Many poker players place too much emphasis on big hands. They think that big hands bring big wins. They might, but often they don't. Small gains and small lessons are much better as winning measures and as learning tools. Develop the skills to evolve as a poker player.
Poker Meets Charles Darwin
We want to get a lot better at poker. Even the pros constantly try to improve their games. There are interesting aspects of a sort of evolution involved in the life-long pursuit of improvement in our poker skill.
What Can I Do to Get Better at Poker?
Everyone has a fairly good idea of what evolution means: the development of more sophisticated living creatures through the newer creatures’ enhanced ability to survive. Good poker players are made not born. That means that the poker player you were when you started out can evolve into a much better player.
Studious players will improve whether they play poker online or on land. One big advantage of online poker is its ready availability, every day. If it takes a thousand hands to advance a step, you’re a lot more likely to get those thousand hands at an online poker room than at a land based casino.
Many poker players believe that you more or less break even on most hands and win big on those monster hands you get in most poker games or sessions. This is a mistake. The evolved poker player knows that you often don’t win big with super hands simply because no one else has anything they can continue with. So, you bet pre-flop with a pair of fours and flop quads and everyone else folds because two fours don’t help players who were playing ace-king or ace-queen.
The reality of long term poker success is to win small amounts with hands that aren’t so good but are better than everyone else’s hands. It takes a lot of deep understanding of poker to win with an ace high or a middle pair. You have to read your opponents better than ever. You have to evaluate the hand to determine if you should stay in the hand or fold. You have to manage your money well.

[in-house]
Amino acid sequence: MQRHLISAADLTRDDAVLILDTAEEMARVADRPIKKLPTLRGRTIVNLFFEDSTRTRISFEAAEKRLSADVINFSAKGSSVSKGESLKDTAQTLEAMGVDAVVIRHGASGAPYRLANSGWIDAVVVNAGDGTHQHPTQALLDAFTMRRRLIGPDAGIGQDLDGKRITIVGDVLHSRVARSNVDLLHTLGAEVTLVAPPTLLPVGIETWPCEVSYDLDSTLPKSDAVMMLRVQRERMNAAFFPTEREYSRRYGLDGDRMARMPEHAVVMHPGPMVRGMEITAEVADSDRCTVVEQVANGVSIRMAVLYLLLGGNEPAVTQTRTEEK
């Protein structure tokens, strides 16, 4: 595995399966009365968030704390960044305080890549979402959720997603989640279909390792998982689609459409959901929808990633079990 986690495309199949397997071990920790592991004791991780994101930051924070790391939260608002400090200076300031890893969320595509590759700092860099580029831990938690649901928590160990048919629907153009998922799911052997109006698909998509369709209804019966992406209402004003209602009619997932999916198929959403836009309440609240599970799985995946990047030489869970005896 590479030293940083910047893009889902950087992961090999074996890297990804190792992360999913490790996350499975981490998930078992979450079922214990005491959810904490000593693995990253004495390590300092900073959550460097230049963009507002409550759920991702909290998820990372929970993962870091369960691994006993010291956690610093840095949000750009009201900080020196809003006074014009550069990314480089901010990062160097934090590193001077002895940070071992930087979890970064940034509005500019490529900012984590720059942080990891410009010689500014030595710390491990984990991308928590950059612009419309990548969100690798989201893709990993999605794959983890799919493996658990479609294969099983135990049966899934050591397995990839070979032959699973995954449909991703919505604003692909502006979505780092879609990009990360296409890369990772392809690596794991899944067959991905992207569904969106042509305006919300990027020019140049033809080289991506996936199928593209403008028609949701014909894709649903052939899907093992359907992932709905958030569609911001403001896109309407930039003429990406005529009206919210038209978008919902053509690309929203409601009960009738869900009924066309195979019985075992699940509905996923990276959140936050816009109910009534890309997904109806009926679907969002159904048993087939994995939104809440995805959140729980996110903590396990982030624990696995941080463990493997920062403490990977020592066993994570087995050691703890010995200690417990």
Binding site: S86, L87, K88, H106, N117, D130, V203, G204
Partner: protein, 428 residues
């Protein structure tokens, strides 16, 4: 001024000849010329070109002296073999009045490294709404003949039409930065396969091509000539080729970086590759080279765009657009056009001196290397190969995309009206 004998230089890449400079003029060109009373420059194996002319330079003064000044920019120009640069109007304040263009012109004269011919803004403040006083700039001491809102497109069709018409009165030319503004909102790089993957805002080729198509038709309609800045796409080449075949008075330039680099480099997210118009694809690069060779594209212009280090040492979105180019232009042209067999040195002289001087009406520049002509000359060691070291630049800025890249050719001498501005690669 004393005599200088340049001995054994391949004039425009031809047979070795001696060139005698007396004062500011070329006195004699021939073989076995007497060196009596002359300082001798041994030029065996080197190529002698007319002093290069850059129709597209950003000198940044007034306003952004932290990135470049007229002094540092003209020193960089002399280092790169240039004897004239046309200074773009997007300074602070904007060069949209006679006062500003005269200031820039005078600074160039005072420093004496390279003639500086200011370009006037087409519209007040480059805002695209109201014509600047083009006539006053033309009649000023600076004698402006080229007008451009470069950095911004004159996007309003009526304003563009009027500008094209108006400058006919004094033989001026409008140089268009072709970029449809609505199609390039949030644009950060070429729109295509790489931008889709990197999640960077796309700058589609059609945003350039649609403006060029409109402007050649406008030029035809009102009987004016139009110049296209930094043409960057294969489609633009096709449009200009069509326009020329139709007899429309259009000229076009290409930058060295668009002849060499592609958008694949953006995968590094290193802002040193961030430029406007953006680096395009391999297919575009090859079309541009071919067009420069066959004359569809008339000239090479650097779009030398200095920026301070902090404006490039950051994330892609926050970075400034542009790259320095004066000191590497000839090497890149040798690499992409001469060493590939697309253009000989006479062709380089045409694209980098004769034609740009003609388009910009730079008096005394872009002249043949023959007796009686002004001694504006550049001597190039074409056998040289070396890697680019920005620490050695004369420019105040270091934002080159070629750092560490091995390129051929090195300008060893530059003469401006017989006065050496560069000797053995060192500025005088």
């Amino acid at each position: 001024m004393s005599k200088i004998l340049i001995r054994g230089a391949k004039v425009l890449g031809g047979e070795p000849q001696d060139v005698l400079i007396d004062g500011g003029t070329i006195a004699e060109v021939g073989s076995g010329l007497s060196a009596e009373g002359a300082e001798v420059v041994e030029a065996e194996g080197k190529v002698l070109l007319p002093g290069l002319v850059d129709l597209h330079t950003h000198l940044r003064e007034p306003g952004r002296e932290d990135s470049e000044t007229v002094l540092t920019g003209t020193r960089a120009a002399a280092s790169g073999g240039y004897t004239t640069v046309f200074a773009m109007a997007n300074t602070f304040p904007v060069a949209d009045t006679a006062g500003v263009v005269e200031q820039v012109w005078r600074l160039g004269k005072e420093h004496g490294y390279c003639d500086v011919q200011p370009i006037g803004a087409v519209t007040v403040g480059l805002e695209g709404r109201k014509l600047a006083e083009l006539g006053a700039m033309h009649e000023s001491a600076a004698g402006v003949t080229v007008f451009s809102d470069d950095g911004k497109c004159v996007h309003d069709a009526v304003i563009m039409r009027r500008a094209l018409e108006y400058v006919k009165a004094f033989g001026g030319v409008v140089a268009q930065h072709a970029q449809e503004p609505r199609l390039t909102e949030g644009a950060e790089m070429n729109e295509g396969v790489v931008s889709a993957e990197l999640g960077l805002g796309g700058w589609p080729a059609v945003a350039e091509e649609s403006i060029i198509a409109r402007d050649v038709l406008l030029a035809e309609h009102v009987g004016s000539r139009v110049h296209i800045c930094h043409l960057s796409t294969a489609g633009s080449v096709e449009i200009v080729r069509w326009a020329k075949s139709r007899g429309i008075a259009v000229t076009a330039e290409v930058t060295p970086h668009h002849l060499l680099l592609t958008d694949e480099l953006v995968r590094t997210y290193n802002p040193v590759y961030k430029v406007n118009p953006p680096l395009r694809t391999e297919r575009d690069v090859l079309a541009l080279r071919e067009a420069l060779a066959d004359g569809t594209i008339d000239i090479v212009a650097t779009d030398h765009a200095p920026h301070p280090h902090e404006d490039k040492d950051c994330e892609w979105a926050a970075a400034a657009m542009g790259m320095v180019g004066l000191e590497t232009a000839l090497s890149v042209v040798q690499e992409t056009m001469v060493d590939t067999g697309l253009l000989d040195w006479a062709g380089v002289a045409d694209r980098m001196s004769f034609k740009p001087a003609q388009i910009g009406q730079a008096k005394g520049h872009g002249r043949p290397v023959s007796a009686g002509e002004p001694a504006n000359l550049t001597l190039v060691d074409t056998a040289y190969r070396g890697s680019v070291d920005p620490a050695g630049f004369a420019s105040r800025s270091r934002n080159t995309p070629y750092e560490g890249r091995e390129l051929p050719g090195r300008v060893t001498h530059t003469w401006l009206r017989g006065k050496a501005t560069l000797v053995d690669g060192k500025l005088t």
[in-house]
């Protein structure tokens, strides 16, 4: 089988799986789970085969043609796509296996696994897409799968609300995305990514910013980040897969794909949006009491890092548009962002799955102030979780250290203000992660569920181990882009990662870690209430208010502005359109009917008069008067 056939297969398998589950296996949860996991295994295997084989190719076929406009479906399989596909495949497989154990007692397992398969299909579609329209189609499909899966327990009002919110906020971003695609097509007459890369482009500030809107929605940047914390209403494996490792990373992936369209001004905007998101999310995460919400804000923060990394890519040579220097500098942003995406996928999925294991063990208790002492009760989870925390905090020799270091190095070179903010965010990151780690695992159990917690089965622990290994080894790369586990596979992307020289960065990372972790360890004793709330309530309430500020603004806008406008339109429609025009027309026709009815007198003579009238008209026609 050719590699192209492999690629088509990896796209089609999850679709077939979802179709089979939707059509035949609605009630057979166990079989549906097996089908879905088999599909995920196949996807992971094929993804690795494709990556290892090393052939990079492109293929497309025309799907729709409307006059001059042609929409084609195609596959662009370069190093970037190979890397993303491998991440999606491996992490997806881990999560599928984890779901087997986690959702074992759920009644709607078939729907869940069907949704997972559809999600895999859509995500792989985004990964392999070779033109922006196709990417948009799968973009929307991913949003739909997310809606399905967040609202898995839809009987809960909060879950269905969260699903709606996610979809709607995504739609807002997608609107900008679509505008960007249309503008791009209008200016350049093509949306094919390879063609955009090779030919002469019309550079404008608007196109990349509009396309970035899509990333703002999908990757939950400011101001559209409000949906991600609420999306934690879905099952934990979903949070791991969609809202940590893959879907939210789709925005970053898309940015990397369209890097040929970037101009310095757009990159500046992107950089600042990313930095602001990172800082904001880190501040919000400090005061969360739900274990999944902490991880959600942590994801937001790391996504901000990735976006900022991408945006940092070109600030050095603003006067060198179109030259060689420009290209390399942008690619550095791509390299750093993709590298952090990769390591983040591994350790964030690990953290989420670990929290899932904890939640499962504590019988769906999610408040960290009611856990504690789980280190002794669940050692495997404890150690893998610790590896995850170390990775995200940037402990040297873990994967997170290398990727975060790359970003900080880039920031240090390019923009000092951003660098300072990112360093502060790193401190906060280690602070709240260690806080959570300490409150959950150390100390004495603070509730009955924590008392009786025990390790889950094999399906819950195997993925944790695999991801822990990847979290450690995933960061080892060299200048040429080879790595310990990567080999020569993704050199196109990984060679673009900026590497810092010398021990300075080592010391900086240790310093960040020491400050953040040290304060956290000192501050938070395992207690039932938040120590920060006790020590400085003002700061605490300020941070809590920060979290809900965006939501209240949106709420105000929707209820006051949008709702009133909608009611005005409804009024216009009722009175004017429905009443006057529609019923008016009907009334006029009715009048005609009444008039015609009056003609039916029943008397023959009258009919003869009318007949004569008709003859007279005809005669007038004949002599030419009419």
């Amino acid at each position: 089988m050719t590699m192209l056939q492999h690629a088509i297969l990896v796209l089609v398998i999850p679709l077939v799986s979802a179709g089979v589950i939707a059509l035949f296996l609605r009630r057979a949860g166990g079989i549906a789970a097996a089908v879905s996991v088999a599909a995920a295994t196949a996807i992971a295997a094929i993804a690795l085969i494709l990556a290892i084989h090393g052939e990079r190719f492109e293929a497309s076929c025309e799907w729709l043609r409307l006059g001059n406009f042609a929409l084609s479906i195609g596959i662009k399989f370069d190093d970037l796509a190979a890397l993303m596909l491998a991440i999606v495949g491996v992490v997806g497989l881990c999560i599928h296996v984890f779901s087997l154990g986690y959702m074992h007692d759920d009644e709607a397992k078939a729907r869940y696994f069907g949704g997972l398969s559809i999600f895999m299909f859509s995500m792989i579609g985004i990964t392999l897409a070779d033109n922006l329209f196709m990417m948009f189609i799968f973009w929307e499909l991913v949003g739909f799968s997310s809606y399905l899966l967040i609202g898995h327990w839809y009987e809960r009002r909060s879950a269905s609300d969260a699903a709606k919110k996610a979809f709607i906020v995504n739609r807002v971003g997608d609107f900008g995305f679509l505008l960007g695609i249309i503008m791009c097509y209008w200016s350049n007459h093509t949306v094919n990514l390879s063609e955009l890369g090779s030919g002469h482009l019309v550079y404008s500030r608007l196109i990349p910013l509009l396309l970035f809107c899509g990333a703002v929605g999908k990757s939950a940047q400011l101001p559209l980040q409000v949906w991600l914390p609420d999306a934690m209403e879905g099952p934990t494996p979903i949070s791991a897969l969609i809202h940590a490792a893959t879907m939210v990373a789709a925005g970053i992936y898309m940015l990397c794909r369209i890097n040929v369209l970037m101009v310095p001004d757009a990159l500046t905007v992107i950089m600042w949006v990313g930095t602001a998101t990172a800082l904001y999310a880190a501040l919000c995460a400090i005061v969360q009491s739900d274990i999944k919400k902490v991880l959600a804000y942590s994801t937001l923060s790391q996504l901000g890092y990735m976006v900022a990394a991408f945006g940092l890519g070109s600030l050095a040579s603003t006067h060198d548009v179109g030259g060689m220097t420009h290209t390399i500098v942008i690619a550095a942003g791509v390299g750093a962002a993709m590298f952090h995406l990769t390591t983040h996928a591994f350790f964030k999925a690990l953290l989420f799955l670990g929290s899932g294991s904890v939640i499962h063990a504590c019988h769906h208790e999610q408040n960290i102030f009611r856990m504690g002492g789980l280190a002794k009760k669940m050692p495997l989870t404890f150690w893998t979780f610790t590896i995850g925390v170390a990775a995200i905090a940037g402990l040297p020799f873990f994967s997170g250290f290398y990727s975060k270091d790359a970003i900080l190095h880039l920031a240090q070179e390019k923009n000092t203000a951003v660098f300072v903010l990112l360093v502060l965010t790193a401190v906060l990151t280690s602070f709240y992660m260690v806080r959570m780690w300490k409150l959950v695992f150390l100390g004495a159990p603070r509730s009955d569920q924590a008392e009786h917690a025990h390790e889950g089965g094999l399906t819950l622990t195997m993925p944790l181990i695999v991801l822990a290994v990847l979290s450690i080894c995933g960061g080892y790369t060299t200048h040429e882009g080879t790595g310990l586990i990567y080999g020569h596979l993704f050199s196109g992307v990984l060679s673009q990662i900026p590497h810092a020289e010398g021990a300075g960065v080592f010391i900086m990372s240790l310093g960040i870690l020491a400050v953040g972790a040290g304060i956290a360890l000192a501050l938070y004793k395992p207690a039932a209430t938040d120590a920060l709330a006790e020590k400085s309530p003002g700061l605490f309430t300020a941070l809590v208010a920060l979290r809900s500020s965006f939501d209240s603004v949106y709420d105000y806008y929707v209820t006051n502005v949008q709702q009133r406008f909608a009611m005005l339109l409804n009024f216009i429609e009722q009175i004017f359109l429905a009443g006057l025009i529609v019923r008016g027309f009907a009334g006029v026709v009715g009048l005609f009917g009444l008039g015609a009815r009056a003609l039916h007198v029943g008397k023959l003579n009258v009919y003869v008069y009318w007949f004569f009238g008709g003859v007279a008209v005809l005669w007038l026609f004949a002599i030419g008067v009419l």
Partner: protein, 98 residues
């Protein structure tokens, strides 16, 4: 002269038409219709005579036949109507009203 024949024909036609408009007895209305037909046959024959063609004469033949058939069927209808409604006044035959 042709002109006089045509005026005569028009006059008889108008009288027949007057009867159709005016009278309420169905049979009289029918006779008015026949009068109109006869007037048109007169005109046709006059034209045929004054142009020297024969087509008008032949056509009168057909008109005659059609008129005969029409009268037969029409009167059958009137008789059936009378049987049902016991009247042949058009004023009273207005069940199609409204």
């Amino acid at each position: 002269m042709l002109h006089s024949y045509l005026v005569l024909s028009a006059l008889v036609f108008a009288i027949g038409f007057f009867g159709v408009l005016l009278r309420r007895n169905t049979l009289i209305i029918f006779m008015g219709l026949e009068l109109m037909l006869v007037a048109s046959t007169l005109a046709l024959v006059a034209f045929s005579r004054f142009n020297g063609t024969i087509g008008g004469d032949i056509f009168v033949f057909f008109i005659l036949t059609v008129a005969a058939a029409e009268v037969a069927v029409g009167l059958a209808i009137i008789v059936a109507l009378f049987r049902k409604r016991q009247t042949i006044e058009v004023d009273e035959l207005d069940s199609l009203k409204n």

In short, you have to learn how to survive in less than ideal circumstances and, more than survive, you have to learn that small wins are the difference between mere survival and thriving.
Over the course of hundreds of hands, everyone will get about the same cards. No one will be so much luckier than everyone else in terms of high pairs or great flops. Evolution as a poker player means making the most of the cards you’re dealt. And this includes saving your assets by folding pre-flop on a vast majority of hands.
Learn from Your Own Experience
This is a very important corollary to the above conversation. We need our own experience to evolve into the poker players we want to be. Watching poker on YouTube is entertaining but it doesn’t show you two important elements from the previous discussion. First, it doesn’t show you all the hands the super players from these YouTube clips fold pre-flop.
Second, it doesn’t show you how many small pots the great players win to keep their stack high and to allow for the inevitable bad beat. The best pros know that they will, like everyone else, suffer a bad beat. By winning a lot of boring hands—hands that aren’t ready for YouTube prime time—they survive and thrive and advance.